Postcards from the Moon

Postcards from the Moon

by First Last


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Postcards from the Moon by First Last

There are ninety bizarre photographs in this book. Pictures of prom queens, beauty queens, bathing beauties, bathing babies, and the Baby Jesus. Dance classes, family reunions, lamp jumpers (lamp jumpers?), wanted criminals, nuns, dogs, barbers, saints, . . . . Every picture tells a story, but sometimes it takes a great storyteller to figure out what a weird or moving picture is all about. Here are ninety delightful and funny and moving stories told in words and pictures. Here you'll find the human heart exposed, the human brain skewed, the human body tattooed, the human comedy on parade. Not to mention Anthropoid Man. There's no way to describe these postcards in words. Unless you're William Steinkellner.

Product Details

ISBN-13: 9781880284391
Publisher: Daniel, John & Company, Publishers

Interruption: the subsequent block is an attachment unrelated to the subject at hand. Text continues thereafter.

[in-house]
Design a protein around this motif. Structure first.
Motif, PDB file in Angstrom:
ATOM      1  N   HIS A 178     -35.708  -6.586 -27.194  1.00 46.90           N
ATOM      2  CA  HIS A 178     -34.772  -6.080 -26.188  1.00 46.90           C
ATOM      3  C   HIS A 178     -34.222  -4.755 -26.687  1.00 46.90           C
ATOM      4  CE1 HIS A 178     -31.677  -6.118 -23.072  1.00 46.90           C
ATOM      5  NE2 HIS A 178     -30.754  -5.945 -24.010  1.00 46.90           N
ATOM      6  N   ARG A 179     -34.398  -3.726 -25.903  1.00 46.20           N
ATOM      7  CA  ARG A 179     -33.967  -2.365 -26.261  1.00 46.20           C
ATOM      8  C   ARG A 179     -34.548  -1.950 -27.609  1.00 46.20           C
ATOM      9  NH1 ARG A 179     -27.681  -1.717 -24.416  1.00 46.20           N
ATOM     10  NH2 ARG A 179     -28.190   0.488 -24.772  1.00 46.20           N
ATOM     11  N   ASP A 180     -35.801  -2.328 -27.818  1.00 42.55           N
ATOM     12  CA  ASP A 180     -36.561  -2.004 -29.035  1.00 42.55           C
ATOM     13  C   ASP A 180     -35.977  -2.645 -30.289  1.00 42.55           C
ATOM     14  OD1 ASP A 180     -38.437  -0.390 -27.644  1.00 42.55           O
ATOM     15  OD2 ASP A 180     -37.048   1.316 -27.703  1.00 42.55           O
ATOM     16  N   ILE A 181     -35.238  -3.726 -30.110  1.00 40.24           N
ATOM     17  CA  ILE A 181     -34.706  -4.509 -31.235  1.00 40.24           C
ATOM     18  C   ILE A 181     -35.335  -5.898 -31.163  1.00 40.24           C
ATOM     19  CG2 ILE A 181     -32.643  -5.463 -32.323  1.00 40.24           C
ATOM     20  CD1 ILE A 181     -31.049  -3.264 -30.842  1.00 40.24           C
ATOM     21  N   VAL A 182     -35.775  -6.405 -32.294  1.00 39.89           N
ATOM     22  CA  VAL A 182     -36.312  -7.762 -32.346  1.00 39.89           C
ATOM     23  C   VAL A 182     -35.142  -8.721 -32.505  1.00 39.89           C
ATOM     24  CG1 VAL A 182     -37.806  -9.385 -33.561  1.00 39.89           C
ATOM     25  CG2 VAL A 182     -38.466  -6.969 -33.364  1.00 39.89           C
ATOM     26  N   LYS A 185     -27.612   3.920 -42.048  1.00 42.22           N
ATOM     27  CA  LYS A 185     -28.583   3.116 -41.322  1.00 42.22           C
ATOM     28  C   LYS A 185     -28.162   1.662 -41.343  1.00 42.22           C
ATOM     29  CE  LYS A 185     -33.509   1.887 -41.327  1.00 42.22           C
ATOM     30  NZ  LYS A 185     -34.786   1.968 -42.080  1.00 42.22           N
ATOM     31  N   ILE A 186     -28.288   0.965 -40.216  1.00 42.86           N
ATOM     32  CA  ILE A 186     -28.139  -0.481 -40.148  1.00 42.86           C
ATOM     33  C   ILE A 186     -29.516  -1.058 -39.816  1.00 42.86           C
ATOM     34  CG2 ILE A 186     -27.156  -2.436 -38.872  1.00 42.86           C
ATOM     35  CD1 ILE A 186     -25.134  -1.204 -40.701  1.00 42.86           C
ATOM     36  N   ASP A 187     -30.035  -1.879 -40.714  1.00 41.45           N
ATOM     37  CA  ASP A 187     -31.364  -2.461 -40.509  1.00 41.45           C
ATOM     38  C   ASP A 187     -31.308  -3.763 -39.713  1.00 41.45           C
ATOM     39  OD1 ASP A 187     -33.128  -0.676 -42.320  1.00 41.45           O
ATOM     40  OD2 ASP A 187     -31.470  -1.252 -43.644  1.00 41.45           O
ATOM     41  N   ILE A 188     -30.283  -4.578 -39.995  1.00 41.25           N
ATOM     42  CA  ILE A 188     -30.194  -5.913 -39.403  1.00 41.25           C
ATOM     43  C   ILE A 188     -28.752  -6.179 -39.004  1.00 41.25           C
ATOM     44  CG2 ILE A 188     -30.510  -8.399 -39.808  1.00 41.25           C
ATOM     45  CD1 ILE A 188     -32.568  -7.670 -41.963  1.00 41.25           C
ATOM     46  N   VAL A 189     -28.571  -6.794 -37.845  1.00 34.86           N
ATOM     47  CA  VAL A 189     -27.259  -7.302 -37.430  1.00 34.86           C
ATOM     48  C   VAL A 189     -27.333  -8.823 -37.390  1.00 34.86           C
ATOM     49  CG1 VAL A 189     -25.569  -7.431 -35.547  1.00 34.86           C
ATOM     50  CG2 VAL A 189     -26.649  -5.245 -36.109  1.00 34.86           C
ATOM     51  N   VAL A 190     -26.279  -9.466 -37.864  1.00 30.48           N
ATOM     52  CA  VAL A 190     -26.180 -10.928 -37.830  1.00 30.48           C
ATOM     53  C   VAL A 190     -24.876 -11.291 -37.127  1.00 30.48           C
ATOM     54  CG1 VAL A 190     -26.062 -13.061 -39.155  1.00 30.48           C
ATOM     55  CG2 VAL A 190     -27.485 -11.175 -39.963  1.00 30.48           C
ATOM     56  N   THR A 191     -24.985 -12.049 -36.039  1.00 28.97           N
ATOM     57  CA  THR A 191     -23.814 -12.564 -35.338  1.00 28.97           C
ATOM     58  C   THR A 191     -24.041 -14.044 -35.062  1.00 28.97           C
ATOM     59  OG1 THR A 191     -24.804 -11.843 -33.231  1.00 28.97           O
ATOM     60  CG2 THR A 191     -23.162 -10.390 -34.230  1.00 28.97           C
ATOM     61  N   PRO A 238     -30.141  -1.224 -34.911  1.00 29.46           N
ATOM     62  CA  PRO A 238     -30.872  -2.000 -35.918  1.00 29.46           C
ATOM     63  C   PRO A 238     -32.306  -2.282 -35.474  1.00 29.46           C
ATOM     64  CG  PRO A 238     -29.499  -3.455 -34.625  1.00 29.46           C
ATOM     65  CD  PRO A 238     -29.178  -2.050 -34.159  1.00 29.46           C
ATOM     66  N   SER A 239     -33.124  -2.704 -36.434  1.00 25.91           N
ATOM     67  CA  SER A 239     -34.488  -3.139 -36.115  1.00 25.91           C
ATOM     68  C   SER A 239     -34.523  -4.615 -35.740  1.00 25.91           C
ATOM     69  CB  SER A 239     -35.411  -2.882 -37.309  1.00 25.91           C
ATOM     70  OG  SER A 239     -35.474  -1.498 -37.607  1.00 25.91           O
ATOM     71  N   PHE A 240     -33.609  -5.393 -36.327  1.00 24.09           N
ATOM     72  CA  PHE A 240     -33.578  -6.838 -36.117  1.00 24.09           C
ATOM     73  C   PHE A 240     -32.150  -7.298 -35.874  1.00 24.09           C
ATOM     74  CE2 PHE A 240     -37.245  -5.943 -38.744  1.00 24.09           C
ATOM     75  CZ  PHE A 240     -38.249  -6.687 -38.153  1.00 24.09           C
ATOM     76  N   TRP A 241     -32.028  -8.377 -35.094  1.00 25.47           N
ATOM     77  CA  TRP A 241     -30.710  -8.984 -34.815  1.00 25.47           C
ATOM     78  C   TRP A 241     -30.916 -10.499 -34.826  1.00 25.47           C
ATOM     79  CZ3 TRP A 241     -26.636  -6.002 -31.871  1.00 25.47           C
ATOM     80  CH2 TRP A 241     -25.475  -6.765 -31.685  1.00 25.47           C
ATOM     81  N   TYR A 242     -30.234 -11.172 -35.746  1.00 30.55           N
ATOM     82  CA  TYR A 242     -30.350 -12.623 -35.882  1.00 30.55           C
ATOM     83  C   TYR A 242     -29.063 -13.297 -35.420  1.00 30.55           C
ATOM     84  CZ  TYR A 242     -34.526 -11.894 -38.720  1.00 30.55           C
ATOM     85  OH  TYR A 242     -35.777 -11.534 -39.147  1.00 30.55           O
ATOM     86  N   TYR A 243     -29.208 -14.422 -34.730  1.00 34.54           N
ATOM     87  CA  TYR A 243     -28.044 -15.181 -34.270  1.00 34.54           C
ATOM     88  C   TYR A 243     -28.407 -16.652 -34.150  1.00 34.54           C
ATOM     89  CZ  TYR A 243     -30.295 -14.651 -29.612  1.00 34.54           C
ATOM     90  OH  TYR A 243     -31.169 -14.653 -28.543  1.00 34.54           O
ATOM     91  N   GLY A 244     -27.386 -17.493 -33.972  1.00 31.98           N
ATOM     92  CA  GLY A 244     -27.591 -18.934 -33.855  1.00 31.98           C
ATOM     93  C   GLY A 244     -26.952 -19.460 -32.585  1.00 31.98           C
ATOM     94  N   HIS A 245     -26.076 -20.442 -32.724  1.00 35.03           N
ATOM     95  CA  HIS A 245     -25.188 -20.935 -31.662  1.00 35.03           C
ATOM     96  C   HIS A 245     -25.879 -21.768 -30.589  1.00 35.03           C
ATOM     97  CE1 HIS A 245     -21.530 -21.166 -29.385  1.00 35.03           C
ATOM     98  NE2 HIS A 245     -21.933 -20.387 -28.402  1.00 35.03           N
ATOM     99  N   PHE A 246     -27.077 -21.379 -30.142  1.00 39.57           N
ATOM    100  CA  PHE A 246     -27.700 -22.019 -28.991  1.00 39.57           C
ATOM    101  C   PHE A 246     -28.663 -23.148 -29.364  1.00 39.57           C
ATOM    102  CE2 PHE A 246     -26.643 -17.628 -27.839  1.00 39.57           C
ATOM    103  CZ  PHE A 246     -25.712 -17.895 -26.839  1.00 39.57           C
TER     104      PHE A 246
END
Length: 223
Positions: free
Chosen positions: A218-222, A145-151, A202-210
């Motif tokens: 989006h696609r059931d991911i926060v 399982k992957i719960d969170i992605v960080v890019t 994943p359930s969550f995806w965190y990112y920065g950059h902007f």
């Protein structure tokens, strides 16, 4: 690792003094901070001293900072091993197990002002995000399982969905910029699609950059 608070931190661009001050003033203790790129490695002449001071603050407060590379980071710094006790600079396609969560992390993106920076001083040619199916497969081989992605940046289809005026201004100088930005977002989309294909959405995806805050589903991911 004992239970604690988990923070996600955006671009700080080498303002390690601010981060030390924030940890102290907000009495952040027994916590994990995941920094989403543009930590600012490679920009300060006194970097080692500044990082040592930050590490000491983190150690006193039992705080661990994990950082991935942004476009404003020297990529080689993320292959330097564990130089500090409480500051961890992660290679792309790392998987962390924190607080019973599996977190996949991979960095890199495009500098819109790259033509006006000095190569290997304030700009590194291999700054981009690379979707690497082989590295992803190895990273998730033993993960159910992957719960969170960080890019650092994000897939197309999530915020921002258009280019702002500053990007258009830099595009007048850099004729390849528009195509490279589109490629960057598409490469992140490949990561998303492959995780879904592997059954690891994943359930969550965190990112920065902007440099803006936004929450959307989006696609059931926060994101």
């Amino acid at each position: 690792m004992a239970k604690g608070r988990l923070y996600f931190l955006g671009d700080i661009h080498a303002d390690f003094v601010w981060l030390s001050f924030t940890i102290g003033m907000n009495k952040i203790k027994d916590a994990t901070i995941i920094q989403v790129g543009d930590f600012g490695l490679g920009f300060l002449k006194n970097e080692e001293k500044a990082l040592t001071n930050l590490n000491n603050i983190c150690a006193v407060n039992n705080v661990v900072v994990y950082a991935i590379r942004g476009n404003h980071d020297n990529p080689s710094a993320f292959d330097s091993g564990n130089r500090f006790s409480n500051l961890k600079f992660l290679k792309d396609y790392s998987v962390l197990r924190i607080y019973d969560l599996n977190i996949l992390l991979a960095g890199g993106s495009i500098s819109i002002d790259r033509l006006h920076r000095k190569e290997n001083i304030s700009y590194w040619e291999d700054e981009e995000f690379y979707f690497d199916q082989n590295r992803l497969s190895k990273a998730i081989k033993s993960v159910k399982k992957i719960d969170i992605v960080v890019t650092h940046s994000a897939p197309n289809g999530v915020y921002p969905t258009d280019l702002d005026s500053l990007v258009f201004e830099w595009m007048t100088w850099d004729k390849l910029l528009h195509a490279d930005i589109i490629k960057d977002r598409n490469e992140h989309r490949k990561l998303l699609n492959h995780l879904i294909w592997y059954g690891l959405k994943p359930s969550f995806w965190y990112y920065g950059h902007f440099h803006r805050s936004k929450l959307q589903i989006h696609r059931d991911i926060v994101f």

Publication date: 04/01/2000
Pages: 192
Product dimensions: 6.00(w) x (h) x (d)

What People are Saying About This

James Burrows

James Burrows, executive producer and co-creator of "Cheers"

"I can't believe this hysterically funny man I've worked with for years has a heart!" --

Leonard Maltin

Leonard Maltin, film critic/historian

"I tuned in to Bill Steinkellner's wave-length with the very first postcard story I read. . .and now I'm hooked. What a wonderful mating of images and ideas!"

Neil Simon

Neil Simon

"A truly original book. Instead of sending postcards, get this one for yourself. You'll have a major treat."

Alan Thicke

Alan Thicke

"Mr. Steinkellner has elevated the art of Komedy Kaptioning by adding —romance,' —sacrilege,' and —hilarity' to the previously one-dimensional world of postcards. Funny, funny, funny."

Mrs. Steinkellner

Mrs. Steinkellner, from the Introduction

"Billy haunts postcard shows and delitiologist conventions (hardcore postcard shows), combing through decades and centuries of other people's greetings to find images that inspire. Then he comes home, sits with them, stares at them, waits for the —i' word to hit. I don't know where it comes from. It could be his mind, or his muse, but my best guess has always been the moon."

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